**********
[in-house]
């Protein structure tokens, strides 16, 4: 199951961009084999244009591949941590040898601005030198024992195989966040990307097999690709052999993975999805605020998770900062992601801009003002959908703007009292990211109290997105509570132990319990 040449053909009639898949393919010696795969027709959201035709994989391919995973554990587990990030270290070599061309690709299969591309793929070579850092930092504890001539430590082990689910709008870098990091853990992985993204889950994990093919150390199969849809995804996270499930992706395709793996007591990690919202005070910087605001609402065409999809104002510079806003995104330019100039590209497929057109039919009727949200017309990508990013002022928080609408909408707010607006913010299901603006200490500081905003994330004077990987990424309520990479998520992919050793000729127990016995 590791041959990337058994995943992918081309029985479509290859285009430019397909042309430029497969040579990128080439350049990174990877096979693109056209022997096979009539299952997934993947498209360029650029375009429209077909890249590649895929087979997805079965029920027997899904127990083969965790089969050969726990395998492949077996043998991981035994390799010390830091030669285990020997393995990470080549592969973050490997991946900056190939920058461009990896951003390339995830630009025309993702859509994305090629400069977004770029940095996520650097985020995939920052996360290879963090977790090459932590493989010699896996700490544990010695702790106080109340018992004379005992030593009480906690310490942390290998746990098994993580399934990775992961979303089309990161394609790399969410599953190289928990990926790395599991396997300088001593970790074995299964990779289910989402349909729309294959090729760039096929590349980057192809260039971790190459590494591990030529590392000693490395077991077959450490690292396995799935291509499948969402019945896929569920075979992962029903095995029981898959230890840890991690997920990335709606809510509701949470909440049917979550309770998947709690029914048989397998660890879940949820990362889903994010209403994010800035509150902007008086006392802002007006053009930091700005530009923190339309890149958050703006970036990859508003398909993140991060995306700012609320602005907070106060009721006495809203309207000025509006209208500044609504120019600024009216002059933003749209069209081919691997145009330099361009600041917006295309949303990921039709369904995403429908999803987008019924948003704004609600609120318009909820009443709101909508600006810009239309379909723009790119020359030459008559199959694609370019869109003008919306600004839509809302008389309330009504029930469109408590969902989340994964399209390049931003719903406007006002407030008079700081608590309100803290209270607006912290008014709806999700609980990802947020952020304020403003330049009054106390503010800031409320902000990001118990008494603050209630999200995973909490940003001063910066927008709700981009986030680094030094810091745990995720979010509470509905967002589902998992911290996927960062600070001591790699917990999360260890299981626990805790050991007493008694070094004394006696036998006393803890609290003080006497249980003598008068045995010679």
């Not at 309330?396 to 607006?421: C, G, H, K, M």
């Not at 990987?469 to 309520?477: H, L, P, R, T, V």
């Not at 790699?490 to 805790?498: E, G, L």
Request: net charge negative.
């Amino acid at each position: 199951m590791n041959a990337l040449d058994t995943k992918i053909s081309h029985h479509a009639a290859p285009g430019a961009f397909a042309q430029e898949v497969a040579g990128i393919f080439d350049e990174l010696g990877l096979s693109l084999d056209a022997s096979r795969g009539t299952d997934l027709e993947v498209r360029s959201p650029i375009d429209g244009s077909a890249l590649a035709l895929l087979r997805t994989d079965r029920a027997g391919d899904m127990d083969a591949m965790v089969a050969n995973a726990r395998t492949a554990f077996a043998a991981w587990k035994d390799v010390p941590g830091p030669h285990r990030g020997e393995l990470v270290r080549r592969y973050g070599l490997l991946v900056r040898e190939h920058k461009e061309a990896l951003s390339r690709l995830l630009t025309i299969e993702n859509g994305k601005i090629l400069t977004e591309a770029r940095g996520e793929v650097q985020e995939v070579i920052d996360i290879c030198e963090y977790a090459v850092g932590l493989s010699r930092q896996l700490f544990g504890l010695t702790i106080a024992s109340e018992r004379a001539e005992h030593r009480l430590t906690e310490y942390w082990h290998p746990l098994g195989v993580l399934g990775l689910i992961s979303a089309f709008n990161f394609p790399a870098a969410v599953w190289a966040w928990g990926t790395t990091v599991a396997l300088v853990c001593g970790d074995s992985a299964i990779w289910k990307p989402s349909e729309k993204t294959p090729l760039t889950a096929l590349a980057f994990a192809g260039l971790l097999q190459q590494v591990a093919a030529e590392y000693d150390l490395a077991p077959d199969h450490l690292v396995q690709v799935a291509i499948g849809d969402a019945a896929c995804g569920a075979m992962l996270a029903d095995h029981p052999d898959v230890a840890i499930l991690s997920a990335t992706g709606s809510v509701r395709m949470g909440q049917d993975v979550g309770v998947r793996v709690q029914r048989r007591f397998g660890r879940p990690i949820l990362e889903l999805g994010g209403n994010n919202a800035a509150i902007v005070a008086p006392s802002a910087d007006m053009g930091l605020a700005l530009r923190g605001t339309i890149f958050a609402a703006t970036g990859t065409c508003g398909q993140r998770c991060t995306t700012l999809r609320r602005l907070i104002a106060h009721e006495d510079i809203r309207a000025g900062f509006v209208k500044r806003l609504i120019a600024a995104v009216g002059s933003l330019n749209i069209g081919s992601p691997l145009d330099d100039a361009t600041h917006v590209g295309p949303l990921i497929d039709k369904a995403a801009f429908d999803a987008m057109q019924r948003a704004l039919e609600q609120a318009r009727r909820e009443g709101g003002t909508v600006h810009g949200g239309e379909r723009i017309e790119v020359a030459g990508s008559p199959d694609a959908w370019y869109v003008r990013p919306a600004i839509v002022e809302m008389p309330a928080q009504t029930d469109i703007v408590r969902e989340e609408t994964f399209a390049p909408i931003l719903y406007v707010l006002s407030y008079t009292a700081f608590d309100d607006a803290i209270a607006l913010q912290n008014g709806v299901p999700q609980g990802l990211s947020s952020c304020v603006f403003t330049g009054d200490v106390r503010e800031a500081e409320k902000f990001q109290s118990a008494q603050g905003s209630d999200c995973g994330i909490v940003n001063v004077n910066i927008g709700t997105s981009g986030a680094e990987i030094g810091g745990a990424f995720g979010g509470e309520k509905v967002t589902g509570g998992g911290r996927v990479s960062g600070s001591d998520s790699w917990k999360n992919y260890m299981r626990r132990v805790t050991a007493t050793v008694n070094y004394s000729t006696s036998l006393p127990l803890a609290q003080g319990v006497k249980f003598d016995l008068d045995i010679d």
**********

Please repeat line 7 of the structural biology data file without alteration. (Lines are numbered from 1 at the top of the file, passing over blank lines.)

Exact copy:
């Amino acid at each position: 199951m590791n041959a990337l040449d058994t995943k992918i053909s081309h029985h479509a009639a290859p285009g430019a961009f397909a042309q430029e898949v497969a040579g990128i393919f080439d350049e990174l010696g990877l096979s693109l084999d056209a022997s096979r795969g009539t299952d997934l027709e993947v498209r360029s959201p650029i375009d429209g244009s077909a890249l590649a035709l895929l087979r997805t994989d079965r029920a027997g391919d899904m127990d083969a591949m965790v089969a050969n995973a726990r395998t492949a554990f077996a043998a991981w587990k035994d390799v010390p941590g830091p030669h285990r990030g020997e393995l990470v270290r080549r592969y973050g070599l490997l991946v900056r040898e190939h920058k461009e061309a990896l951003s390339r690709l995830l630009t025309i299969e993702n859509g994305k601005i090629l400069t977004e591309a770029r940095g996520e793929v650097q985020e995939v070579i920052d996360i290879c030198e963090y977790a090459v850092g932590l493989s010699r930092q896996l700490f544990g504890l010695t702790i106080a024992s109340e018992r004379a001539e005992h030593r009480l430590t906690e310490y942390w082990h290998p746990l098994g195989v993580l399934g990775l689910i992961s979303a089309f709008n990161f394609p790399a870098a969410v599953w190289a966040w928990g990926t790395t990091v599991a396997l300088v853990c001593g970790d074995s992985a299964i990779w289910k990307p989402s349909e729309k993204t294959p090729l760039t889950a096929l590349a980057f994990a192809g260039l971790l097999q190459q590494v591990a093919a030529e590392y000693d150390l490395a077991p077959d199969h450490l690292v396995q690709v799935a291509i499948g849809d969402a019945a896929c995804g569920a075979m992962l996270a029903d095995h029981p052999d898959v230890a840890i499930l991690s997920a990335t992706g709606s809510v509701r395709m949470g909440q049917d993975v979550g309770v998947r793996v709690q029914r048989r007591f397998g660890r879940p990690i949820l990362e889903l999805g994010g209403n994010n919202a800035a509150i902007v005070a008086p006392s802002a910087d007006m053009g930091l605020a700005l530009r923190g605001t339309i890149f958050a609402a703006t970036g990859t065409c508003g398909q993140r998770c991060t995306t700012l999809r609320r602005l907070i104002a106060h009721e006495d510079i809203r309207a000025g900062f509006v209208k500044r806003l609504i120019a600024a995104v009216g002059s933003l330019n749209i069209g081919s992601p691997l145009d330099d100039a361009t600041h917006v590209g295309p949303l990921i497929d039709k369904a995403a801009f429908d999803a987008m057109q019924r948003a704004l039919e609600q609120a318009r009727r909820e009443g709101g003002t909508v600006h810009g949200g239309e379909r723009i017309e790119v020359a030459g990508s008559p199959d694609a959908w370019y869109v003008r990013p919306a600004i839509v002022e809302m008389p309330a928080q009504t029930d469109i703007v408590r969902e989340e609408t994964f399209a390049p909408i931003l719903y406007v707010l006002s407030y008079t009292a700081f608590d309100d607006a803290i209270a607006l913010q912290n008014g709806v299901p999700q609980g990802l990211s947020s952020c304020v603006f403003t330049g009054d200490v106390r503010e800031a500081e409320k902000f990001q109290s118990a008494q603050g905003s209630d999200c995973g994330i909490v940003n001063v004077n910066i927008g709700t997105s981009g986030a680094e990987i030094g810091g745990a990424f995720g979010g509470e309520k509905v967002t589902g509570g998992g911290r996927v990479s960062g600070s001591d998520s790699w917990k999360n992919y260890m299981r626990r132990v805790t050991a007493t050793v008694n070094y004394s000729t006696s036998l006393p127990l803890a609290q003080g319990v006497k249980f003598d016995l008068d045995i010679d």